Sunday, March 23, 2014

A Senior Citizen's Wish to Learn ASL

84-year-old Jean Cummings is proving that it's never too late to learn a second language. A resident of Devonshire of Mt. Lebanon, an independent and assisted living community, Jean has been taking ASL classes from the Center for Hearing and Deaf Services in Pittsburgh. The classes were made possible by a partnership between Brookdale Senior Living and Wish of a Lifetime. Jean is the mother of four children, one of which had hearing loss. She regretted not learning ASL before her deaf child passed away at a young age. 

Now Jean (pictured below in navy blue) is inspiring fellow residents and staff while she pursues her goal. “Jean is an inspiration to our other residents as well as our associates,” said Sara Terry, Vice President of Customer Experience for Brookdale. “She has an impressive history of volunteering throughout her life and serves on the resident council at Devonshire of Mt. Lebanon, so it’s exciting to give back to her. We are very happy that we have been a part of making this important personal goal an accomplishment for Jean.”

Jean Cummings is learning sign language and inspiring others to do the  same, thanks to Brookdale and Wish of a Lifetime.

Jean's daughter and great-grandson have also learned basic sign language, so the family will be able to practice together. She hopes to use ASL to communicate with the Deaf community and that it will help friends in her own community that have difficulty speaking by providing them an alternate means of communication.

More information about Brookdale and Wish of a Lifetime™...

Brookdale Senior Living Inc. is a leading owner and operator of senior living communities throughout the United States. The company is committed to providing an exceptional living experience through properties that are designed, purpose-built and operated to provide the highest-quality service, care and living accommodations for residents. Currently the company operates independent living, assisted living, and dementia-care communities and continuing care retirement centers, with more than 650 communities in 36 states and the ability to serve over 67,000 residents. Brookdale is committed to providing exceptional living experiences within properties that are purpose-built, designed and operated to help residents live well while achieving an Optimum Life®. Brookdale Senior Living communities provide a daily experience of programs, services and care that are unique as a result of the collective talents and inspiration of the residents, their families, and its associates – demonstrating Brookdale’s promise of “Our People Make the Difference.” For more information, visit http://www.brookdaleliving.com.

Wish of a Lifetime™ fosters respect and appreciation for deserving seniors by fulfilling their life-enriching Wishes. Founded by two-time Olympic skier, World Cup gold medalist, entrepreneur, and former NFL football player Jeremy Bloom in 2008 in living honor of his grandmother, Wish of a Lifetime encourages the public to take an active role in granting Wishes through its Wish Connect program. Wish of a Lifetime has made 840 Wishes come true for seniors in all 50 states and the District of Columbia. 93 percent of Wish recipients stated they felt their quality of life improved after having their wish granted and 76 percent said they felt their overall health improved after experiencing a Wish. Learn more about #WishConnect, our volunteer program to help fulfill a senior’s wish or visit www.seniorwish.org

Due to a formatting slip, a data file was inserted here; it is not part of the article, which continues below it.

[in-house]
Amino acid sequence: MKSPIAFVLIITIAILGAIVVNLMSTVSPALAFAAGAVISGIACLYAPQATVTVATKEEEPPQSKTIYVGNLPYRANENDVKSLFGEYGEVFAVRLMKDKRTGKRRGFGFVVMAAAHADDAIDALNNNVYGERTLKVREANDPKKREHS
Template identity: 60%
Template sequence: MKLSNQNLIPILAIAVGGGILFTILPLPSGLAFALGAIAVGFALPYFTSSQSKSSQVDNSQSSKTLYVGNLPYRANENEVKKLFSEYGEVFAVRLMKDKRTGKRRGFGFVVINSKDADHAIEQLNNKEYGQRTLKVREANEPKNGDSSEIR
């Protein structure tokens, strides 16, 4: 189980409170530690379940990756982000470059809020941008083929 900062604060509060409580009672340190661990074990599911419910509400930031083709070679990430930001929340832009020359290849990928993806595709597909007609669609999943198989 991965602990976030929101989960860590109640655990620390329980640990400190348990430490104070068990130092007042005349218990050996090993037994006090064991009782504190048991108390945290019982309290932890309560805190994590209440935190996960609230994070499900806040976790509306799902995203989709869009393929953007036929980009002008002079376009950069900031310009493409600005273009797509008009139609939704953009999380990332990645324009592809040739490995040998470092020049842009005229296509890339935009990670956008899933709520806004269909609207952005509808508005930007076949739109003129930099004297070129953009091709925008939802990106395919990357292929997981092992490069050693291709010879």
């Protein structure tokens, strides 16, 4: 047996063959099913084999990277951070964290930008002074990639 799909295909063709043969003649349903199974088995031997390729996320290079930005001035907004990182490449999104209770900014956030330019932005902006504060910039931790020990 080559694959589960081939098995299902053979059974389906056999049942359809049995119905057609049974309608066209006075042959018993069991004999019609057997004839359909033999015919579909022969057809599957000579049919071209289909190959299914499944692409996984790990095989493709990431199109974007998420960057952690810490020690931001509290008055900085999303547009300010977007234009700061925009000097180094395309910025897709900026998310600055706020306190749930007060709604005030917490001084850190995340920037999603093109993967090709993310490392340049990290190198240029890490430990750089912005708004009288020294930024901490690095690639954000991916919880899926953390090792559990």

Sunday, March 9, 2014

Slowly Learning ASL

Our family still hasn't made much progress with ASL. There was a mom-initiated push after the conclusion of my ASL 1 (or was it 2?) Community College course. I had about 200 signs down pretty well at that moment and wanted to teach them to the rest of the family.

It didn't take.

It's a shame really. I wish we had a better way to communicate when hearing aids aren't an option. At this point we have a few gestures that everyone understands to mean certain things. Julia can hear loud voices at close range well enough to get by. So we do that, letting the sign language and cued speech fade from our memory. The signs for "yes" and "no" are surprisingly useful. We get a lot of mileage out of just those two.

Still, we're trying to learn more in spite of abounding excuses.
The home screen of the ASL Story App, eMotion Stories
Home Screen of the eMotion Stories App
Our main instructor at this point is the iPhone/Pad. There are several great apps: iASL, (unfortunately, iASL is no longer in the app store) MarleeSigns, and ASL Coach. We use these as occasional time killers and to try to spur our learning.

There are also web sites, YouTube channels, and a new iPad app with ASL storybooks. These are an excellent option to build vocabulary for early ASL learners (like us) or to progress toward fluency for families that have chosen ASL as their child's first language. The eMotion Stories App is free from the iTunes store and includes the Ugly Duckling story. Goldilocks and Little Red Riding Hood are available for $3.99 each.

Each sentence of the story is highlighted while a video of a woman signing that portion of the story plays. There is a setting to display the book with or without the ASL video. You can also change from English word order to ASL word order (there's a big difference) so you can get a better idea of forming sentences that are correctly structured in ASL. Another section called "Word Play" includes a variety of signs to build single word ASL vocabulary.

The eMotion Stories app is worth checking out even just to expose yourself and your child to the artfully expressive world of ASL. The signs for a "very different, very big egg rolling down a hill" are much more entertaining than the printed sentence alone.